EP-A-0 528 409 discloses cationic copolymers which contain from 20 to 90 mol % of amidine units. They are prepared by copolymerization of N-vinylformamide and acrylonitrile and subsequent hydrolysis of the copolymers with acids. The polymers containing amidine units are used as flocculants for sludges.

WO 94/13882 relates to the use of copolymers which are obtainable by copolymerization of N-vinylcarboxamides, monoethylenically unsaturated carboxylic acids and, if appropriate, vinyl acetate, N-vinylpyrrolidone and/or N-vinylimidazole and, if appropriate, monomers having at least two double bonds in the molecule and subsequent partial or complete hydrolysis of the vinylcarboxamide units contained in the copolymers to amino or ammonium groups as an additive for the paper stock for increasing the drainage rate and the retention and the dry and wet strength of the paper in papermaking. As analyses have shown, hydrolyzed copolymers of N-vinylformamide and acrylic acid may contain considerable amounts of amidine units of the following formula

where X is an anion.

JP-A-08059740 discloses that amphoteric water-soluble polymers are added to aqueous suspensions of inorganic particles, at least a part of the polymers being adsorbed onto the filler surface. The amphoteric polymers are preferably prepared by hydrolysis of copolymers of N-vinylformamide, acrylonitrile and acrylic acid in the presence of acids. They contain from 20 to 90 mol % of amidine units of the structure

where R1 and R2 are each H or a methyl group and X is an anion. The filler slurries treated with such polymers are added to the paper stock in the production of filler-containing papers. The filler treatment is said to lead to improved drainage of the paper stock and result in an improvement in the various strength properties of the dried paper and an improvement in the filler retention.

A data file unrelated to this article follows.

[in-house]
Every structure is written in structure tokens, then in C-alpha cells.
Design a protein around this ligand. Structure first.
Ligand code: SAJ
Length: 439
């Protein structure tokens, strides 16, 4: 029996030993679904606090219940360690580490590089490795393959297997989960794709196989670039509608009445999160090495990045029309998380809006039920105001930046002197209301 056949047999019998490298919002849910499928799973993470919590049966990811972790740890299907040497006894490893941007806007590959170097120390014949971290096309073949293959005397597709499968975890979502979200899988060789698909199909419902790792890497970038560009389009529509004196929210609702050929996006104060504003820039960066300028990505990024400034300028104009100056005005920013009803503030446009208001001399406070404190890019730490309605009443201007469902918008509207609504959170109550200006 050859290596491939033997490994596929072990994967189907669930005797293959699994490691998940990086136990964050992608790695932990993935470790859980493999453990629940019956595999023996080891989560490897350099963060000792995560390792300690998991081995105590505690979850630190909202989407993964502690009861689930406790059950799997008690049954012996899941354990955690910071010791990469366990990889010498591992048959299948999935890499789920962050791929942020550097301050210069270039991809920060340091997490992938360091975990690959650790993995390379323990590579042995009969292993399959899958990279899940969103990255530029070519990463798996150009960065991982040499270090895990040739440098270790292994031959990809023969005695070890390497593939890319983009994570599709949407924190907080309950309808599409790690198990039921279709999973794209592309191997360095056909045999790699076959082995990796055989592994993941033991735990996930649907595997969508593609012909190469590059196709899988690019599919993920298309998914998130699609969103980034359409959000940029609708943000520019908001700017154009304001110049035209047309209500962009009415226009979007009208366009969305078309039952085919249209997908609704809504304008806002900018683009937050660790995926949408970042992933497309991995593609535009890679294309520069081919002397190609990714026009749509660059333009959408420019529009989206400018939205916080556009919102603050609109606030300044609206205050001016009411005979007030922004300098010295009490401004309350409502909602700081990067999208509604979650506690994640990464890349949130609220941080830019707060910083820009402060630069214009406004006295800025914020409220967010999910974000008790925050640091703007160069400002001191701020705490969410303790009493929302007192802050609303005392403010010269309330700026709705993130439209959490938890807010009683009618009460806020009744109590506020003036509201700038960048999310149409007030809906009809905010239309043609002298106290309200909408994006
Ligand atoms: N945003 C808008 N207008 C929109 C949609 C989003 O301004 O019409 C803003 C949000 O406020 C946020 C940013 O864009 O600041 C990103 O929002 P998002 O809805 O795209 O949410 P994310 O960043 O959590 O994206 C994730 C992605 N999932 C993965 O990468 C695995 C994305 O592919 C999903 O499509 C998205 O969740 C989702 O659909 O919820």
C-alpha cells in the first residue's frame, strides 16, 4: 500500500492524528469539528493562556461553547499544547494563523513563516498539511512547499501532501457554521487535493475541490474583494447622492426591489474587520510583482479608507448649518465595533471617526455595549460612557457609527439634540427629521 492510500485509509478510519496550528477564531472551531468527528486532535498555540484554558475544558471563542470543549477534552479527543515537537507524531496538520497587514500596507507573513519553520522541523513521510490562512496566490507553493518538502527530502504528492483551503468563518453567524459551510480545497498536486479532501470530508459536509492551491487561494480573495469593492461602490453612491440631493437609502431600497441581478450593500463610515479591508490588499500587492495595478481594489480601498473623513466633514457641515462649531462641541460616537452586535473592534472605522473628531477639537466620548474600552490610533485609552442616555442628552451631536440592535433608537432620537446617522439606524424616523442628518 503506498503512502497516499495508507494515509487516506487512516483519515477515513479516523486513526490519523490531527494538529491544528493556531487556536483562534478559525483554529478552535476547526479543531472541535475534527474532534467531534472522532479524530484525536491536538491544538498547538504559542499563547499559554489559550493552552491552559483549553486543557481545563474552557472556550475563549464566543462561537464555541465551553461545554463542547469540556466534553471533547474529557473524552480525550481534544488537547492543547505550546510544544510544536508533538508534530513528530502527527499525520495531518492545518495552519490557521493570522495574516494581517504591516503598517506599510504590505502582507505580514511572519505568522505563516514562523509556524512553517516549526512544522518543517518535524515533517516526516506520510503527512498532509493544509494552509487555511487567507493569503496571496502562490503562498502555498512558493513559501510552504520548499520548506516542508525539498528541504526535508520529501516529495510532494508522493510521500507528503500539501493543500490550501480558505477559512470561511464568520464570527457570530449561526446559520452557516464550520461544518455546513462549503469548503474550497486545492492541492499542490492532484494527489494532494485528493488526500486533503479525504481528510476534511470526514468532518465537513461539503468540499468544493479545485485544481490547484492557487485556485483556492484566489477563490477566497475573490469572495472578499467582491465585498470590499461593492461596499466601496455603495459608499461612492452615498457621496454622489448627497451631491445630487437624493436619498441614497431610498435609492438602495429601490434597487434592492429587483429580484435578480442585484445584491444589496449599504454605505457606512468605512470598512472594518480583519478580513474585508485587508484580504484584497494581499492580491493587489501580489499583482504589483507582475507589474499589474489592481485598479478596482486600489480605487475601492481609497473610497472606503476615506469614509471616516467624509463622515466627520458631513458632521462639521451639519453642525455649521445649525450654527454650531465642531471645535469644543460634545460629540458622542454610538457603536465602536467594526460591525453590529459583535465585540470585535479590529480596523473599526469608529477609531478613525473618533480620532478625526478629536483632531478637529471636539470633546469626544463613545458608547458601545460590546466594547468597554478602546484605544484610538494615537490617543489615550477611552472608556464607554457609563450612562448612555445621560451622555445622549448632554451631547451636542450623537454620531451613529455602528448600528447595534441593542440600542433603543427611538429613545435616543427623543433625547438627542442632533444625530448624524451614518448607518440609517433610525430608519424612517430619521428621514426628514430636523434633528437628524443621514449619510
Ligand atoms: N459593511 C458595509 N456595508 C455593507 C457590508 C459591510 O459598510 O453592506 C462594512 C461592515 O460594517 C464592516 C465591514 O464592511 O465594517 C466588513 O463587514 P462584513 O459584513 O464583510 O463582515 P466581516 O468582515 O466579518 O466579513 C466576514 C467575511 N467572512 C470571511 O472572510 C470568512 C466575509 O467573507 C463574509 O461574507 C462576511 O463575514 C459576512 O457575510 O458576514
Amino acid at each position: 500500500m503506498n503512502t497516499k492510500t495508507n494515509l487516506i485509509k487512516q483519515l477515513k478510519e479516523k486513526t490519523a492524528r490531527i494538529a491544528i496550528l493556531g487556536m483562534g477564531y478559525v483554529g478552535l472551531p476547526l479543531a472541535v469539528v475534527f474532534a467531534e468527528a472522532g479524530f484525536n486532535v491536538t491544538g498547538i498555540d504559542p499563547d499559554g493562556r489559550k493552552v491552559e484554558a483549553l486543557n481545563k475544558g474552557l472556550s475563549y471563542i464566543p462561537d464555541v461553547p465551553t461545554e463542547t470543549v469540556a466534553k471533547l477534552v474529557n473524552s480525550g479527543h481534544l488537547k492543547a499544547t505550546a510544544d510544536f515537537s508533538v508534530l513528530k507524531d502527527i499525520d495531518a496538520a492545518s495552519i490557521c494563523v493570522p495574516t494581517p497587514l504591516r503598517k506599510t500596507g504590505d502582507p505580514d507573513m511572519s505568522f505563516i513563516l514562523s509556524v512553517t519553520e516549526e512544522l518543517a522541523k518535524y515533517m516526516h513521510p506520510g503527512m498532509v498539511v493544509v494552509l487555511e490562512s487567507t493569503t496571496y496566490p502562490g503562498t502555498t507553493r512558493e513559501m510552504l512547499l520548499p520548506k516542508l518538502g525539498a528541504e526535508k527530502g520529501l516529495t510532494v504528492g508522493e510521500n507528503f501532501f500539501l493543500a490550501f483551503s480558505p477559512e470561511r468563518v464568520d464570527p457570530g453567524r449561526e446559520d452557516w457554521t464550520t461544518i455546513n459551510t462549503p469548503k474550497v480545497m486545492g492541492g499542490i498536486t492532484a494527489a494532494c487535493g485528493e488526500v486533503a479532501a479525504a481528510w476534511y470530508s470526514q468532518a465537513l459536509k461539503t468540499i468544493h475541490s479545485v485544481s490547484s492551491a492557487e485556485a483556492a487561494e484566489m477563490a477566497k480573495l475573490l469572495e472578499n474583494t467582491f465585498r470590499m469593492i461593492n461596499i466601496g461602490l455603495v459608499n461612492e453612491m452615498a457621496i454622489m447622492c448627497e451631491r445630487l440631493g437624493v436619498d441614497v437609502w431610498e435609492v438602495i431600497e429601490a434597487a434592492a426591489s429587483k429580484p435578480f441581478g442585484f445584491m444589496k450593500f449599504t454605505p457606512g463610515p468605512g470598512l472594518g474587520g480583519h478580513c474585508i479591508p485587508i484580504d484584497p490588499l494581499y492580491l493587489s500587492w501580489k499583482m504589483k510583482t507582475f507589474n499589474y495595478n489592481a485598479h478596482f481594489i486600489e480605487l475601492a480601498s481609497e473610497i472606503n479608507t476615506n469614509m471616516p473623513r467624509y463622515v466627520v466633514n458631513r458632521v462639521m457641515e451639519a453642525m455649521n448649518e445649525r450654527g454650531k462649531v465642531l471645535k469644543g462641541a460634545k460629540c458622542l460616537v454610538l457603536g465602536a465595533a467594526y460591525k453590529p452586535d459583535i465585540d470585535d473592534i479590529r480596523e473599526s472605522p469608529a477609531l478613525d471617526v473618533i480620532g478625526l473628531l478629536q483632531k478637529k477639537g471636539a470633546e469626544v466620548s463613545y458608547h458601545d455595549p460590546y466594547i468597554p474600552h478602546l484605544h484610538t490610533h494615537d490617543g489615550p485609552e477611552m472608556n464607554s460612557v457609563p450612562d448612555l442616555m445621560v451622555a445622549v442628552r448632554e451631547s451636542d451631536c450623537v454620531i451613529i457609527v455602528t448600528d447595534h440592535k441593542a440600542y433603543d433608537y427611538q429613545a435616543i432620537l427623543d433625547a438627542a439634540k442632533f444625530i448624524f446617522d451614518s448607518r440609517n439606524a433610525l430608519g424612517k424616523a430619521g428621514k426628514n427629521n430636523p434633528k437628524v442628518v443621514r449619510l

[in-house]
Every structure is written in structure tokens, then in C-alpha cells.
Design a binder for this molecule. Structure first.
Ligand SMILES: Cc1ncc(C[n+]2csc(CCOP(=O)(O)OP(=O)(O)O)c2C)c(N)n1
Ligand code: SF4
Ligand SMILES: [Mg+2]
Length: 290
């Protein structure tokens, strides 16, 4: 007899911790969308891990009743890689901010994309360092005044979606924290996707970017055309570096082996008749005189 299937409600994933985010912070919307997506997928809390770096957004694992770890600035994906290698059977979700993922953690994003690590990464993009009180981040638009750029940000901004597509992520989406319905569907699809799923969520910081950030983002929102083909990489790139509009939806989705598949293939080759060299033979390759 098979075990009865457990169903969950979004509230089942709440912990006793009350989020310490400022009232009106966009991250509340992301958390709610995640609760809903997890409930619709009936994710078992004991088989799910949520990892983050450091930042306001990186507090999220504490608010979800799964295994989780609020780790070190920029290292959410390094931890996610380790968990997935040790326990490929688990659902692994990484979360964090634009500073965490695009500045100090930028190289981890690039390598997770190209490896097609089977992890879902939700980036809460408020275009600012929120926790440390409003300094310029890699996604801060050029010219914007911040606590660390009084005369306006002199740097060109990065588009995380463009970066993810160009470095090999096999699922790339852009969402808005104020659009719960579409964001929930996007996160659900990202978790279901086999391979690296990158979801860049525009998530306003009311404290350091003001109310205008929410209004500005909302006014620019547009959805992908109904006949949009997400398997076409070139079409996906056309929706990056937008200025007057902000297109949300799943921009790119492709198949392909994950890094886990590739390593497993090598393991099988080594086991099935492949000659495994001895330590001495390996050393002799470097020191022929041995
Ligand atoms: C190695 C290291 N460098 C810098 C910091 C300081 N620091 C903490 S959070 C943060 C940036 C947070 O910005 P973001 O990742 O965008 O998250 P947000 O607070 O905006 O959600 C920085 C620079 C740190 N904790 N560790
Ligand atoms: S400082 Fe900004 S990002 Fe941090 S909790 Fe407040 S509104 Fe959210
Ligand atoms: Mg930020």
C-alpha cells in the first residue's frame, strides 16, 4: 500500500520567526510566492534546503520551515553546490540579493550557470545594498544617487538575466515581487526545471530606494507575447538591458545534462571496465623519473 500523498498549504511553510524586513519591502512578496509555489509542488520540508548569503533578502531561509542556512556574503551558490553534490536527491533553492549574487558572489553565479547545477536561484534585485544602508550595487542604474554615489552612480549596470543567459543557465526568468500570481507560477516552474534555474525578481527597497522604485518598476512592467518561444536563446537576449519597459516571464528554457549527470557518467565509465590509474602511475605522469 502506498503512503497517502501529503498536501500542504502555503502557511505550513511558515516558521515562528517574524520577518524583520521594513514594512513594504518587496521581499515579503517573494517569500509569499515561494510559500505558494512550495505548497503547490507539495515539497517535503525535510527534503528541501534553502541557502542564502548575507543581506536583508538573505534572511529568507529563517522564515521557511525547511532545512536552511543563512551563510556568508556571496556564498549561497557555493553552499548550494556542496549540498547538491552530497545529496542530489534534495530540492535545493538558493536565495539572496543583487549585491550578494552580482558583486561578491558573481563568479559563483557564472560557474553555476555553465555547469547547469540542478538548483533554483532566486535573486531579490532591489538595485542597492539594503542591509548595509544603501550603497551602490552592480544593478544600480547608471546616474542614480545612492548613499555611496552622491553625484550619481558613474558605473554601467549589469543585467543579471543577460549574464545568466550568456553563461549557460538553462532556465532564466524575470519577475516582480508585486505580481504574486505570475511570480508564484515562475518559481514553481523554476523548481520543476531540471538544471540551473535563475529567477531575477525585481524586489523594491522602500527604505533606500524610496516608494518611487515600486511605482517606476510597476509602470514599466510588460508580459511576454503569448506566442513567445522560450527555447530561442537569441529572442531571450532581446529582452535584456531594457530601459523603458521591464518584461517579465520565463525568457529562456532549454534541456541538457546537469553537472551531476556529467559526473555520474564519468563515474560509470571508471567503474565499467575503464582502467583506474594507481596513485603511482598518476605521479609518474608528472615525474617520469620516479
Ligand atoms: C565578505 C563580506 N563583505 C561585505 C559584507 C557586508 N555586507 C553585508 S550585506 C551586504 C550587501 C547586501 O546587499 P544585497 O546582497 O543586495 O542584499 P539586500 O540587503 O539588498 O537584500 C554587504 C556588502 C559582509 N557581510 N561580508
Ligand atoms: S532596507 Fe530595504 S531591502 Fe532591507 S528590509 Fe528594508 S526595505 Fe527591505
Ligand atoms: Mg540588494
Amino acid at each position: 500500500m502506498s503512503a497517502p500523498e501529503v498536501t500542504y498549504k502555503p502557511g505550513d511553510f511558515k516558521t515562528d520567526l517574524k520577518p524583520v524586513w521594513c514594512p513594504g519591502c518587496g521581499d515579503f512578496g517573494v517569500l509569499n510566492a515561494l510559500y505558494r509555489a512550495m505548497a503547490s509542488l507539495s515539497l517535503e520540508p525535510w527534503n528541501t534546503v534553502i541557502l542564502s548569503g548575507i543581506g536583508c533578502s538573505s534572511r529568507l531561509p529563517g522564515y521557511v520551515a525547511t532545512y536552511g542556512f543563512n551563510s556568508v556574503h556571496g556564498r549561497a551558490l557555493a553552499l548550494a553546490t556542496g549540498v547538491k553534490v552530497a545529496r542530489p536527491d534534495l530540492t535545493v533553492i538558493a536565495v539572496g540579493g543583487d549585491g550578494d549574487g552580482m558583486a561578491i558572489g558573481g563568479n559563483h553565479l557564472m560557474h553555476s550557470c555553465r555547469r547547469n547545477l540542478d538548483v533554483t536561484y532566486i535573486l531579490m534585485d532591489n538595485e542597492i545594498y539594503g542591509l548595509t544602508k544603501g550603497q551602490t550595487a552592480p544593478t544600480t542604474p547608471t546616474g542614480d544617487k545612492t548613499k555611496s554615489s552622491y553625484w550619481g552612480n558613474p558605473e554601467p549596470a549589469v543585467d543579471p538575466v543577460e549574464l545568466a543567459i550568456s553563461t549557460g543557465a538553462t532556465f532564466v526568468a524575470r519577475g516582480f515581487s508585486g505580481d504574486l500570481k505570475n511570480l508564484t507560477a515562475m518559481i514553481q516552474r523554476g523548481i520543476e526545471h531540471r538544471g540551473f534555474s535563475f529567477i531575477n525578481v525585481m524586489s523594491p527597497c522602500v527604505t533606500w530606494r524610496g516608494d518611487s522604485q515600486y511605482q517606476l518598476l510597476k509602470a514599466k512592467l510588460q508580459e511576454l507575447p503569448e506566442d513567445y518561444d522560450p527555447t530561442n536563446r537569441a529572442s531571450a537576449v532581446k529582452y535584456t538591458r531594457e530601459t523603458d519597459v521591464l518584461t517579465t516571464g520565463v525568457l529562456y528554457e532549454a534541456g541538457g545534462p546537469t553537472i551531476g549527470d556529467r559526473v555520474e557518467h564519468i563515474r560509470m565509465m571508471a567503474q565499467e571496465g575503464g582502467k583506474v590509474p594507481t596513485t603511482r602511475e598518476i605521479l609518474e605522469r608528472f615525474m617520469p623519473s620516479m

US-A-2002/0088579 describes the pretreatment of inorganic fillers with cationic, anionic and amphoteric (zwitterionic) polymers. The treatment consists in each case of at least two stages. First the treatment with a cationic polymer and then the treatment with an anionic polymer are recommended. In further steps, further cationic and anionic polymers can be adsorbed again alternately. The aqueous suspensions containing the pretreated filler particles are added to the paper stock in the production of filler-containing paper. The filler treatment is said to lead to an improvement in various strength properties of the dried paper.

WO 00/59965 describes a polymer composition based on polymers having phosphonate and sulfonate groups and the use thereof in papermaking. The polymers may additionally contain monomers having amide groups incorporated in the form of polymerized units. The use of copolymers which contain N-vinylcarboxamides incorporated in the form of polymerized units and are subjected to a hydrolysis after the polymerization is not disclosed. The use of aqueous slurries of finely divided fillers which are at least partly coated with such polymers for papermaking is also not described.